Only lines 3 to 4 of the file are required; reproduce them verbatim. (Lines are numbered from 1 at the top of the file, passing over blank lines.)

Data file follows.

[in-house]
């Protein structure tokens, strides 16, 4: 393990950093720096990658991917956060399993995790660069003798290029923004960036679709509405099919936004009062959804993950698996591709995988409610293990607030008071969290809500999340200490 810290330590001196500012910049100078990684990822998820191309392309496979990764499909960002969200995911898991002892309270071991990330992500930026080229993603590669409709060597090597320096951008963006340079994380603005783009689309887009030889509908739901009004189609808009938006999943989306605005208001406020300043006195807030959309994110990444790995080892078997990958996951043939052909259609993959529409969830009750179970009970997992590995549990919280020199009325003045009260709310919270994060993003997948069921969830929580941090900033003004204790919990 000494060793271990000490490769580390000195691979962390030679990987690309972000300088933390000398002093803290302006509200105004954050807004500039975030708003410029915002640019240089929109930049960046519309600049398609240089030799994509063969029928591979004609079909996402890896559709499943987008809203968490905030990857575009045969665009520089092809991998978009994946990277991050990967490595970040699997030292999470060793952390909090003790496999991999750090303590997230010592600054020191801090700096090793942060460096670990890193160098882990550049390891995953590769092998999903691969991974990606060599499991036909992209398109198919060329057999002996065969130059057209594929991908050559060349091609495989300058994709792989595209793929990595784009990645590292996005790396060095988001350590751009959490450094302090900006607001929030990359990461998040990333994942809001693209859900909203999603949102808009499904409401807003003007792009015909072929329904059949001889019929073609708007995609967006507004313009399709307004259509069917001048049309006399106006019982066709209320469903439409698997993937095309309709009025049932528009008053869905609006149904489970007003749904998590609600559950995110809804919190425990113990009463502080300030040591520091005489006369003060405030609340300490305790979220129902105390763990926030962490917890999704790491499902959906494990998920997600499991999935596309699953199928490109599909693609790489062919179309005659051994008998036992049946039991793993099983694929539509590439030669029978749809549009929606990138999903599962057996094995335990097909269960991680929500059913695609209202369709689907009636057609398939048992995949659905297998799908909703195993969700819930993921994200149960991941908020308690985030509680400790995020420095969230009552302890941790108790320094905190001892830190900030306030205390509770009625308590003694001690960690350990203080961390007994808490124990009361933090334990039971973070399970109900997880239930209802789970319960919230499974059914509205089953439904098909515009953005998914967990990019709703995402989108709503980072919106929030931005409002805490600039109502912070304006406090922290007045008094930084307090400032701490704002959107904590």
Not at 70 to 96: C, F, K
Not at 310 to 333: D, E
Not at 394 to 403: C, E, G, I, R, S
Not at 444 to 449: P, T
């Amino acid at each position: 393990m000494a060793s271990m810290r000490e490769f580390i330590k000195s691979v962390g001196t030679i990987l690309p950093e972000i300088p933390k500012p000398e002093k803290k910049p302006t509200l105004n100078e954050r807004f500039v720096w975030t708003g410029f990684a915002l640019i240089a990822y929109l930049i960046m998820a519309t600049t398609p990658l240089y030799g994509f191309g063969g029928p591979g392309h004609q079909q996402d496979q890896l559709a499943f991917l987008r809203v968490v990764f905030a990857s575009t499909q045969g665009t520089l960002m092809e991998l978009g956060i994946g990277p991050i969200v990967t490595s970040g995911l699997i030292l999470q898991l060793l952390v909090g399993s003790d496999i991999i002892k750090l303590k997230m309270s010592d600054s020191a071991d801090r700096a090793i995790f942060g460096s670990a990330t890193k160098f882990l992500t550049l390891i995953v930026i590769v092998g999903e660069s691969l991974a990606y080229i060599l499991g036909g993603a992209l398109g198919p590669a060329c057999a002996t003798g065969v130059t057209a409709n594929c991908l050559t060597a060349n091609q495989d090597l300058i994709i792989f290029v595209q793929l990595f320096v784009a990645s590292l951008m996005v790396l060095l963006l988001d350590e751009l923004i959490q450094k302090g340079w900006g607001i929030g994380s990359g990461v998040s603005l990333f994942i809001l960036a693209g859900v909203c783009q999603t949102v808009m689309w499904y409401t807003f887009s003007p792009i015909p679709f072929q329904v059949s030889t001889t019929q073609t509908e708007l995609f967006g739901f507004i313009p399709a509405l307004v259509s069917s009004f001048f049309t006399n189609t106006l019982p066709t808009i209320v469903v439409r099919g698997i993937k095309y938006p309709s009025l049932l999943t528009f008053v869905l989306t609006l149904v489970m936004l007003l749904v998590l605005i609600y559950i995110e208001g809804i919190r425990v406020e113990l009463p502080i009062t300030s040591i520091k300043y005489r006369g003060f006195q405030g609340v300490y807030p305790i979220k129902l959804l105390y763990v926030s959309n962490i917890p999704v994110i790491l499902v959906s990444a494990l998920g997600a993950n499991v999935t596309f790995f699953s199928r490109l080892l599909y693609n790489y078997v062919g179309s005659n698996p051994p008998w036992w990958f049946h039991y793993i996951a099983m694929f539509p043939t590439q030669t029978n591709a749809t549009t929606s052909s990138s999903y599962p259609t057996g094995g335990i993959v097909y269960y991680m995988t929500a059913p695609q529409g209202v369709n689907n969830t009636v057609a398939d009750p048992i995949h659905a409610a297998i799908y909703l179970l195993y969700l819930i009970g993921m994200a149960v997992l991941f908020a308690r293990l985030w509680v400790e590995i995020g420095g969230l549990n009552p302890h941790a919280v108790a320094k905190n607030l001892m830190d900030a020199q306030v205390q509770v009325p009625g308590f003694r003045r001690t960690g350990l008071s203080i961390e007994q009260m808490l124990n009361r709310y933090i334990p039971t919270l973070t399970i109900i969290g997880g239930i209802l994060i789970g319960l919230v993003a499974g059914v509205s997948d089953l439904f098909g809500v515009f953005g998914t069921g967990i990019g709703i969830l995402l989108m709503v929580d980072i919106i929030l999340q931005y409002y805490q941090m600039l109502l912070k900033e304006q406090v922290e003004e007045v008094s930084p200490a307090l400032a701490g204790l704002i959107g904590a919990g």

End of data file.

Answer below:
Not at 70 to 96: C, F, K
Not at 310 to 333: D, E